This can also be the perfect time to practice finding pressure points, just on yourself. Don’t just settle for “it’s kind of there.” Use this time to really find the exact spot you’re aiming for. Some of these spots are a lot trickier than you would think! Some points will also have a slight variation on whether you’re striking or holding it as well. For example, if you try to pin down a tendon straight on, it might move slightly and render that part of the technique useless. In which case, experiment to find a way to find and keep that pressure on.

Strength, Stretching, and Cardio

It’s easy to get caught up in just the memory exercises during quarantine. Just remember you’ll emerge on the other side with that “quarantine bod”. This section will be the most variable as your workout can be very different from someone else’s. Often, you’ll excel at one or two of these. That means you should try to improve the one you’re weakest at. Martial Arts require all three!

For Strength, try to find a set of exercises you can do that will get your whole body. If you have weights available, this can help speed up results over bodyweight exercise. Remember that the end goal is to be stronger. That means to not strictly focus on the number of reps you can do. When you’re in a race to get through the reps, your form will often get much worse, especially when you begin to tire. Focus on form first! Google is your friend in finding exercises, but do a bit of research to make sure that they don’t cause injuries in the long term.

Along with this, don’t forget about switching up between rep exercises and holding exercises. Simply put, reps will build up your maximum capacity and holding will build up your longevity. They actually target different things within the body. Reps build muscle fiber, whereas holding will build up the structures around the muscle that supply energy to them.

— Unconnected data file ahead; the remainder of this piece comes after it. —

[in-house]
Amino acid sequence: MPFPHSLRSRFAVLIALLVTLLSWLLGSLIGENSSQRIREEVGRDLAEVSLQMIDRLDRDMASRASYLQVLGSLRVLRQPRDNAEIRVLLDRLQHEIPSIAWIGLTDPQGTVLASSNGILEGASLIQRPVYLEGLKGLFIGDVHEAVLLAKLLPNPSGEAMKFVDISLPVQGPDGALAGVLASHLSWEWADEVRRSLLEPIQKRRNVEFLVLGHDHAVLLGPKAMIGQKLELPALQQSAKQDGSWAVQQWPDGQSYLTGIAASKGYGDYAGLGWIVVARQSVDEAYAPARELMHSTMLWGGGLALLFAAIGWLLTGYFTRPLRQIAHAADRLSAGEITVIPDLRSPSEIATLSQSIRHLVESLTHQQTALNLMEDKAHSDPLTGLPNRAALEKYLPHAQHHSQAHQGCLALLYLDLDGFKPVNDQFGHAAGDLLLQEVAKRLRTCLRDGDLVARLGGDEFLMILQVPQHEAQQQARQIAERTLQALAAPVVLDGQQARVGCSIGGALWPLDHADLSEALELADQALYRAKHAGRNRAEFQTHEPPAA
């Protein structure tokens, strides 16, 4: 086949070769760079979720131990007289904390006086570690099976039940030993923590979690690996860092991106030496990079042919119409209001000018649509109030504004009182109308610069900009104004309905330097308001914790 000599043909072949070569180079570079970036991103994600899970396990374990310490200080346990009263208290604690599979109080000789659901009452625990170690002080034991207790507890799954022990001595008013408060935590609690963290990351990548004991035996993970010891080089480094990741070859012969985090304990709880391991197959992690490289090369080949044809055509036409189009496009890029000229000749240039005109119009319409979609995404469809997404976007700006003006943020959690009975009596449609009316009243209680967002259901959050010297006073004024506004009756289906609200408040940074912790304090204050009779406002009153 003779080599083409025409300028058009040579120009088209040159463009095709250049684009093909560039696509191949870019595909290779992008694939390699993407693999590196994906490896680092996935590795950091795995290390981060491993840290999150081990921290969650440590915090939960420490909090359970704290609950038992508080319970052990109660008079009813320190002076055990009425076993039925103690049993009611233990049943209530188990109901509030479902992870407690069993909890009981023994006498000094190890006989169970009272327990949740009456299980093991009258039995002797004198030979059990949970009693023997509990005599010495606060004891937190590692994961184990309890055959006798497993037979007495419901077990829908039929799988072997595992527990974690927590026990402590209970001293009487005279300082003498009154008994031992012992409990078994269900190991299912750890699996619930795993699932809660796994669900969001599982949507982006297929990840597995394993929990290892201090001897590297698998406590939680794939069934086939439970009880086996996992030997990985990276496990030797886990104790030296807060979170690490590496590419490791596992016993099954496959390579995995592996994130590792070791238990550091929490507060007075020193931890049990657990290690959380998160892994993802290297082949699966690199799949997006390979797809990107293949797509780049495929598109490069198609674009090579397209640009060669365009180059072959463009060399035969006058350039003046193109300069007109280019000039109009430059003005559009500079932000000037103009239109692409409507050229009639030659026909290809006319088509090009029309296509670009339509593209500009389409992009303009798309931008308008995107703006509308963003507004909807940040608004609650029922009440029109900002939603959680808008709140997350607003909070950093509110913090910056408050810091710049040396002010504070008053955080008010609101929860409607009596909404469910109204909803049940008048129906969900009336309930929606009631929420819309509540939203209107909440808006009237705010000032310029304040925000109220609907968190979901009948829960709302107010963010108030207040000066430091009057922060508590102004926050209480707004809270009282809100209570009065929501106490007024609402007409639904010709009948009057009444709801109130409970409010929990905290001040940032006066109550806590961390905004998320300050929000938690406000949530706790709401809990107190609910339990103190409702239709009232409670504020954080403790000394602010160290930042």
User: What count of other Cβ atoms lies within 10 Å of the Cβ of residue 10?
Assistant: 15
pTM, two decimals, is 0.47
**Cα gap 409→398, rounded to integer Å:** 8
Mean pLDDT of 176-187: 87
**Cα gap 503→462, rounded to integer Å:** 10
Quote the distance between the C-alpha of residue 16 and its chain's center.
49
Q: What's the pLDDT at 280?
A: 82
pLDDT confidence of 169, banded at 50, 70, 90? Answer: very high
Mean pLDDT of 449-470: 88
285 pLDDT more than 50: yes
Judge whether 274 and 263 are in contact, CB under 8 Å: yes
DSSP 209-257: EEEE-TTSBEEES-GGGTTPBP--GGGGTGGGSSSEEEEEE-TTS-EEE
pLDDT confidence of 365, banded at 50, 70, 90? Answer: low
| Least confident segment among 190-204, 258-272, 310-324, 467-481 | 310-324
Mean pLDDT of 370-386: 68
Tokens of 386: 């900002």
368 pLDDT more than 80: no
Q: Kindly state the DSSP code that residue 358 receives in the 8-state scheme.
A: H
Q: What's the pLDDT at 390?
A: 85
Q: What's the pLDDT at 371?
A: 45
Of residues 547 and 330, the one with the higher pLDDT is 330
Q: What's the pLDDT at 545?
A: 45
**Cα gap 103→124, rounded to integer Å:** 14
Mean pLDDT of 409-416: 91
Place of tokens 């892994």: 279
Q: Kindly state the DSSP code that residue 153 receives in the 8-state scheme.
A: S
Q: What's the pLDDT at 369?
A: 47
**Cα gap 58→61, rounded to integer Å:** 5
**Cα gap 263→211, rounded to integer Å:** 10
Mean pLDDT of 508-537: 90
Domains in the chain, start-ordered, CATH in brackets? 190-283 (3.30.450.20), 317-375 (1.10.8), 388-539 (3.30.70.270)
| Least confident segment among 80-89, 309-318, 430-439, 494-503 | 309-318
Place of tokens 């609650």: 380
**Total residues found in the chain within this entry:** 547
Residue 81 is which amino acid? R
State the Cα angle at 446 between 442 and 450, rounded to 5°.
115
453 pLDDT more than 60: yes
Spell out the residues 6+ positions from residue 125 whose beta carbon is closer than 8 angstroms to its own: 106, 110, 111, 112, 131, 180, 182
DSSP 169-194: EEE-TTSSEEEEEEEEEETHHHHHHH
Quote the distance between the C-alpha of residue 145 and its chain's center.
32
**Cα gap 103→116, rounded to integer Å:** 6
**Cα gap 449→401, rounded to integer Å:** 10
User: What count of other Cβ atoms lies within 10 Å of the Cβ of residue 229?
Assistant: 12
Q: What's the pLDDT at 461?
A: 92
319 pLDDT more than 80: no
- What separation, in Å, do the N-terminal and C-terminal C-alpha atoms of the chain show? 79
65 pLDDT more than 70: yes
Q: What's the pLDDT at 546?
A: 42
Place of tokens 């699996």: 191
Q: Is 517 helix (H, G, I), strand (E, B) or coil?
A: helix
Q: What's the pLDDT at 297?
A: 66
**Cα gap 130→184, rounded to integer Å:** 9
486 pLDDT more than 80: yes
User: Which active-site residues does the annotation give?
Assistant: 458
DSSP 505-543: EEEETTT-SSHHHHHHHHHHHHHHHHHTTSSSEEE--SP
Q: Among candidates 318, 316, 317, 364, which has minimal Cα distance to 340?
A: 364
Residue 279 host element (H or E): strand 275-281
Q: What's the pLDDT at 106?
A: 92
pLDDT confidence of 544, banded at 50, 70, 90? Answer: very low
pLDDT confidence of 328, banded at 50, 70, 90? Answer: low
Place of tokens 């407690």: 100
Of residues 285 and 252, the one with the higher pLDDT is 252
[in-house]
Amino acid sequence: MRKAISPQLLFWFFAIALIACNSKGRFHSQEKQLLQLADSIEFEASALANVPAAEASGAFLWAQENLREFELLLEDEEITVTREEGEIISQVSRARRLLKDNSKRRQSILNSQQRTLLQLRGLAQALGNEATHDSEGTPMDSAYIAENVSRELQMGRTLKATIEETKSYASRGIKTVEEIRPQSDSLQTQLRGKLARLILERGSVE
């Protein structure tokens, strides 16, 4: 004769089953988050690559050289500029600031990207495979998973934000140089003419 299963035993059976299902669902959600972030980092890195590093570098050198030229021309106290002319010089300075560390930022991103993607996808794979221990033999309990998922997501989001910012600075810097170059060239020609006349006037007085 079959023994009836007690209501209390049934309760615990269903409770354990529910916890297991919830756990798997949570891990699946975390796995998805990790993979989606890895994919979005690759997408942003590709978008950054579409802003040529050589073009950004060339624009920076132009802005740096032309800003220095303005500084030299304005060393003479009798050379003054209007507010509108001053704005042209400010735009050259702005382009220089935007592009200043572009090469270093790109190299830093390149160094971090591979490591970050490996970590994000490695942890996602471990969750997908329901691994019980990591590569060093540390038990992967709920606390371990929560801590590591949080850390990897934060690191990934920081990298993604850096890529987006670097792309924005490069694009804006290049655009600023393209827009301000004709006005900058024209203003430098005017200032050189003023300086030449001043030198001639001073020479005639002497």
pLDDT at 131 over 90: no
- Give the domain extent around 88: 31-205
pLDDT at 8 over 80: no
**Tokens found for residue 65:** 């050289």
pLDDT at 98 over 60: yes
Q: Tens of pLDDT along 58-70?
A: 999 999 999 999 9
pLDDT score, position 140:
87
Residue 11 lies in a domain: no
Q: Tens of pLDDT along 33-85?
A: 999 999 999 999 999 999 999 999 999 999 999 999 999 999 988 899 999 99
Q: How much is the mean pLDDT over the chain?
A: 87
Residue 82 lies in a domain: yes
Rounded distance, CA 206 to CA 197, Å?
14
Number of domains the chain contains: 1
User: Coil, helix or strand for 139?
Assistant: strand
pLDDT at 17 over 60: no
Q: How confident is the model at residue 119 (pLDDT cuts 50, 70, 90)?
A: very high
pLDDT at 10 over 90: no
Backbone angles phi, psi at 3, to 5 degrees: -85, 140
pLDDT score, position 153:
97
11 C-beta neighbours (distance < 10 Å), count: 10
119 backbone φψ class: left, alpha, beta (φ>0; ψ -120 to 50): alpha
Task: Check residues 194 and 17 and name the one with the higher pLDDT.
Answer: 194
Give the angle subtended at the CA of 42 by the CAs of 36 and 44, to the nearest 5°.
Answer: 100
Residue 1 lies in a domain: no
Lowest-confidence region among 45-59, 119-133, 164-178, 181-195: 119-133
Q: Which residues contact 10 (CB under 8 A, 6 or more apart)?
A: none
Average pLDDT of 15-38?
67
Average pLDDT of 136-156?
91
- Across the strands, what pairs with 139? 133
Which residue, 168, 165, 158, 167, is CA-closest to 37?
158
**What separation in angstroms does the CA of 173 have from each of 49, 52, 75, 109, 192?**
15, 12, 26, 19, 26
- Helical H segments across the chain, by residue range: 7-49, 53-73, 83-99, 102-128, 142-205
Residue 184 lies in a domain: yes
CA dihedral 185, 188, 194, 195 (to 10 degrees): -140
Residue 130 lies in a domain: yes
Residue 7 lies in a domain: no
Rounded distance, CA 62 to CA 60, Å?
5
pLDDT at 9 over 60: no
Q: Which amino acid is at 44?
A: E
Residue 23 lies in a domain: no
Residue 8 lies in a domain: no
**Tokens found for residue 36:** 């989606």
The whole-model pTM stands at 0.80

Stretching is easy, just remember as much of the regular warmup as you can! Again, take advantage of this time to really work on the stretches you have a harder time with. You’re not keeping up with anyone, you’re on your own time here. Regardless of what you’re working on, try to include some stretching before and after, even if it’s just a small amount.

Cardio can be pulled in with strength exercises, depending on what you’re doing. For more strictly-cardio exercises, full body motions, like two-foot hopping or burpees, can be great for getting your heart pumping blood in every direction at once.

After everything is said and done, this is your own training time. It’s also a crazy time. Don’t feel guilty if you miss a workout or if you feel like you’re not doing it often enough. Some days you just need to take a break, whether it’s to recover physically or mentally. Just pick it up whenever you can, and do whatever amount that you can. Any exercise is better than none, and at the end of the day, you’re doing it for yourself.